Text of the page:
Cemetery being considered for National Historic Register

Published 12:00 am Thursday, June 7, 2001

A local landmark soon may be listed in the National Register of Historic Places.

Thursday, June 07, 2001

A local landmark soon may be listed in the National Register of Historic Places.

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On June 1, the Burlington 37 Cemetery was recommended for the National Register by the Ohio Historic Site Preservation Advisory Board.

"I think it’s very important," Owen Pleasant, chairman of the cemetery’s board of trustees, said.

Others agree.

"It’s rich in history up there," Lou Ann Blagg, a member of the Historical Society, said.

The cemetery is named for 37 African American slaves freed by James Twyman, a Virginian who owned the slaves and a plantation. In his will, Twyman set his slaves free and gave them money to purchase land in Ohio.

They settled in Burlington in 1849 and together the 37 bought 640 acres of land. The cemetery is located within this land.

The remaining funds were divided among the freed slaves and their descendants in 1874, Blagg said.

Pleasant said it was exceptional for a slave owner to make those provisions for his slaves. People come from all over the country to see the cemetery, with visitors coming from as far away as California, Florida and New York, he said.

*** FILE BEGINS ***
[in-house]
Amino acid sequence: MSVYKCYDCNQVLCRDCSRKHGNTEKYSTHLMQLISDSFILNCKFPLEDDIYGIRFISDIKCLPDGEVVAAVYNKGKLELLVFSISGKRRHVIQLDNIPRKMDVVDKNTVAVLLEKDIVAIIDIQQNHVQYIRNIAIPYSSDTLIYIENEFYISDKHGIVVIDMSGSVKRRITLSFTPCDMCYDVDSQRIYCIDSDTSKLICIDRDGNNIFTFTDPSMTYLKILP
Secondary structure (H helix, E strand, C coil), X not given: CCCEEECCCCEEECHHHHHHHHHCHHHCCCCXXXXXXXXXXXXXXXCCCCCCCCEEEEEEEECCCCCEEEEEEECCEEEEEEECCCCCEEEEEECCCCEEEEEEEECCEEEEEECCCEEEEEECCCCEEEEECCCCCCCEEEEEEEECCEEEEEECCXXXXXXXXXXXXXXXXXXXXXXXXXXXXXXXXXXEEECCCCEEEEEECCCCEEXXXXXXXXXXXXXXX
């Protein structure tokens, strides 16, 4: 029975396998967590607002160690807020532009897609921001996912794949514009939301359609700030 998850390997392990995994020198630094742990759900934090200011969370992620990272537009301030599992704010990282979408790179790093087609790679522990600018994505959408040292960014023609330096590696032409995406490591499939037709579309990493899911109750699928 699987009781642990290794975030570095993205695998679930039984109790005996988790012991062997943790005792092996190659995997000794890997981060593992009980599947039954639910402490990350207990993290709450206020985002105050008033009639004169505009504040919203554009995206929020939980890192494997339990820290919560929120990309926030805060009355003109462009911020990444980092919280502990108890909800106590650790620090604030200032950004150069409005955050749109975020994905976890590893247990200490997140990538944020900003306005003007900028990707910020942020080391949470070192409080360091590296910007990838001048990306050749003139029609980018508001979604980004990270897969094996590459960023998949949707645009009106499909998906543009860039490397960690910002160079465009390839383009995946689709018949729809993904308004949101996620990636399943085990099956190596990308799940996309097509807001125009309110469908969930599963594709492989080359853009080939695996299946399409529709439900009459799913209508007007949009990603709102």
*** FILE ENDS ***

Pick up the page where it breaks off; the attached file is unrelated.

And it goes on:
The Burlington 37 have attracted even more attention. J. Earl Pratt wrote a book, "Promised Land," about the group.

Pleasant’s grandmother, the last living member of 37 freed slaves, was buried in the cemetery in 1942, he said.

"I’m proud of my heritage," Pleasant said.

To be qualified for this distinction, a place must meet one or more of the following: be associated with events that have made a significant contribution to history; be associated with the lives of people significant to our history; exhibit the characteristics of a type, period, or method of construction, represent the work of a master or high artistic values; or yield important information about the past.

A property usually must be 50 years old.

A decision from the Keeper of the National Register about whether or not the cemetery will be added to the National Register is expected within 90 days.